In accordance with the teachings of the present invention, lower-level blocks do not need to be modified. Once a top-level route is complete with the initial set of delay buffers, methods presented allow for timing adjustments without having to reroute. Lastly, fine-tuning of paths that either fail setup or fail transition time targets can be done without reroute.

A method of designing a circuit, comprises the steps of identifying failing paths in a circuit. The failing paths may be determined physically or through a simulation. In one embodiment, a failing circuit paths is a path that is failing as a result of timing issues. Each of the failing paths is correlated with a plurality of buffers, where each of the plurality of buffers is implemented with design constraints. In one embodiment, the design constraints enable the buffers to be interchanges in the circuit paths. A corrected path is then generated by inserting one buffer of the plurality of buffers in at least one of the failing paths.

A memory, comprises a library of buffers, each of the buffers in the library of buffers comprises the same design constraints. The library of buffers may be implemented with software. The library of buffers may be implemented with unique features or an interface to facilitate implementation into a simulation with failing circuit paths.

A method of designing a circuit, comprises the steps of identifying a delay in a circuit path; providing at least one first buffer from a library of buffers to compensate for the delay, the library of buffers comprising buffers each with equivalent design constraints; identifying a change in the delay in the circuit path in response to inserting at least one buffer from the library of buffers; and providing at least one second buffer from the library of buffers to compensate for the change in the delay.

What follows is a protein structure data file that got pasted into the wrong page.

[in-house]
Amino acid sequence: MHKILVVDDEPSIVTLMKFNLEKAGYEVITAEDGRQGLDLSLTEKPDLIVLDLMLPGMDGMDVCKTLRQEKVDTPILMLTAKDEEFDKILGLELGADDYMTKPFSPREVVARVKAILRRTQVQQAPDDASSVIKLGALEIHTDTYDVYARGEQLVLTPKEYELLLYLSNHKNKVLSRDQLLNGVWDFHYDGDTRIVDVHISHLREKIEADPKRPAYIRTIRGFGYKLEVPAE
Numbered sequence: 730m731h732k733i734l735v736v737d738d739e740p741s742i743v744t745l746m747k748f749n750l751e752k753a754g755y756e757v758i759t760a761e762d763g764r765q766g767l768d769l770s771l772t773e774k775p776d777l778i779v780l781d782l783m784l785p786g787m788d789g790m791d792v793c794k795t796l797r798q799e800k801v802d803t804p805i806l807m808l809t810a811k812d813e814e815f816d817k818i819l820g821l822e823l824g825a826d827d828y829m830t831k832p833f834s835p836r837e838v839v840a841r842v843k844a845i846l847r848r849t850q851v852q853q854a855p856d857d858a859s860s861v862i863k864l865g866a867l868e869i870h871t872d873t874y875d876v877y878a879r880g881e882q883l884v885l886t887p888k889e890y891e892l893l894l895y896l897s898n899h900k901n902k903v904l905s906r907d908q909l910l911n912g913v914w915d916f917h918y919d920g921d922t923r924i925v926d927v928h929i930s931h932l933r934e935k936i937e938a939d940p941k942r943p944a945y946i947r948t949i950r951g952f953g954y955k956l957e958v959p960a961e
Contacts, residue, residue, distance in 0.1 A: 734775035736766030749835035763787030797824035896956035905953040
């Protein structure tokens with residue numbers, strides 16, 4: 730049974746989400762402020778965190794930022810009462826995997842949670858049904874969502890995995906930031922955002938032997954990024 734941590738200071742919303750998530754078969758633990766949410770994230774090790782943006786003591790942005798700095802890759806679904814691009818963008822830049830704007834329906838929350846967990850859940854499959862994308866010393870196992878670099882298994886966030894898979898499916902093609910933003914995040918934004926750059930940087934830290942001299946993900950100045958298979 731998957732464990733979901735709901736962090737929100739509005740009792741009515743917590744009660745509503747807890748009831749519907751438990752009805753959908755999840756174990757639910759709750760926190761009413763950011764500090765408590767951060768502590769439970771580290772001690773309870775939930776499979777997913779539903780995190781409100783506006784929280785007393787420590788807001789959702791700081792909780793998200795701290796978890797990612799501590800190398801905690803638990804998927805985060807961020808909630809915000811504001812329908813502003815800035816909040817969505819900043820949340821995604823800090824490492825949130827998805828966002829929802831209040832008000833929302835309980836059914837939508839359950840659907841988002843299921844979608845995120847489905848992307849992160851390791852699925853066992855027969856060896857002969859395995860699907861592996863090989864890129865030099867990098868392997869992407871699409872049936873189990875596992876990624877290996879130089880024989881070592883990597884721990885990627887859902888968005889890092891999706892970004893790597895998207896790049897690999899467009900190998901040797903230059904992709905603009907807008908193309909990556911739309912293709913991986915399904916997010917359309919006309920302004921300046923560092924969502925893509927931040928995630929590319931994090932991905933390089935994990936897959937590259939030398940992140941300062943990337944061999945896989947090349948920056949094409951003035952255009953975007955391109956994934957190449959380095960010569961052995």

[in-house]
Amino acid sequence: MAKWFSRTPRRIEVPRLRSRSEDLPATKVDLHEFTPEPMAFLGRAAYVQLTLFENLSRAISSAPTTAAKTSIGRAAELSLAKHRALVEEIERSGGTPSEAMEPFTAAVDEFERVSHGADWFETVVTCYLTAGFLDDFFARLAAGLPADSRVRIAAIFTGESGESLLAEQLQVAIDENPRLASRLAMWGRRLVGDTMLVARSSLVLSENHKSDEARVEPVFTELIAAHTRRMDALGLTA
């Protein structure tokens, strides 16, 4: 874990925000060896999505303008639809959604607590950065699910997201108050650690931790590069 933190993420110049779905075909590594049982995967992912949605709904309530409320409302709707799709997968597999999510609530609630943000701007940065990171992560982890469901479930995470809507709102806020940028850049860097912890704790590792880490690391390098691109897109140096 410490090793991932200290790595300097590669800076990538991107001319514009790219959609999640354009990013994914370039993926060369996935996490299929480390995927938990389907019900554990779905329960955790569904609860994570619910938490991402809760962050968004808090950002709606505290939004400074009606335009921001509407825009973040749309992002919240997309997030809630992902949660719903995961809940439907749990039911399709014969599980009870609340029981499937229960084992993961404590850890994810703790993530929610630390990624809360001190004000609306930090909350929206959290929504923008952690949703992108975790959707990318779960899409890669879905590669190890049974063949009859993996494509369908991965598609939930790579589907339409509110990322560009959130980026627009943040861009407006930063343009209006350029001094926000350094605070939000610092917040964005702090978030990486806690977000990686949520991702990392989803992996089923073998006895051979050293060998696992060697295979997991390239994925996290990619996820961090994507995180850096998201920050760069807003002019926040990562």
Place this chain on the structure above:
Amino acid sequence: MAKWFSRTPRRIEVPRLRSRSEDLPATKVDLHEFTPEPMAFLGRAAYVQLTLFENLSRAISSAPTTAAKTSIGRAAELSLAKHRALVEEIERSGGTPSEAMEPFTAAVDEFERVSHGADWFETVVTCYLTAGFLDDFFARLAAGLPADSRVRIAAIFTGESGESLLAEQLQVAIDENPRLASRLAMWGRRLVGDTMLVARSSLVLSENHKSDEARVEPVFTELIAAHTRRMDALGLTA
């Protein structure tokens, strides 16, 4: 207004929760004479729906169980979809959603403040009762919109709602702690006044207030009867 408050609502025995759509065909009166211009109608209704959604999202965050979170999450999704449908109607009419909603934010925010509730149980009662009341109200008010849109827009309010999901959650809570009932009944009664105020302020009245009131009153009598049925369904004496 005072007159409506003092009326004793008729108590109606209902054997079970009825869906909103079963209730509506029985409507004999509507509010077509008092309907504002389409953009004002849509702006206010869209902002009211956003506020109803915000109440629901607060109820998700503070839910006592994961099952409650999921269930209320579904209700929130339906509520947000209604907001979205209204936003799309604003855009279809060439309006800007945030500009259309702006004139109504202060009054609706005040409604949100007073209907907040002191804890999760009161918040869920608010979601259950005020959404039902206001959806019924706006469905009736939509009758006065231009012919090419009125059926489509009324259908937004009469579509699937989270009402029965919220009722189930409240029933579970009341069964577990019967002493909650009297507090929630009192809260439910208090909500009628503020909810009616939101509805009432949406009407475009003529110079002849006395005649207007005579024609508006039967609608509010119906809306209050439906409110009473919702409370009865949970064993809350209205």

A method of performing a simulation, comprises the steps of generating a first group of failing circuit paths by grouping failing circuit paths in a circuit based on an amount of delay in each group; correlating the first group of failing circuit paths with a library of buffers that compensate for a delay, the library of buffers comprising buffers each with equivalent design constraints; and inserting a first buffer from the library of buffers into each of the failing circuit paths in the first group of failing circuit paths to compensate for the delay.

BRIEF DESCRIPTION OF THE DRAWINGS

FIG. 1 displays a flow diagram detailing a method of operating in accordance with the teachings of the present invention.

FIG. 2 displays a block diagram of a multipurpose computer used in accordance with the teachings of the present invention.

DETAILED DESCRIPTION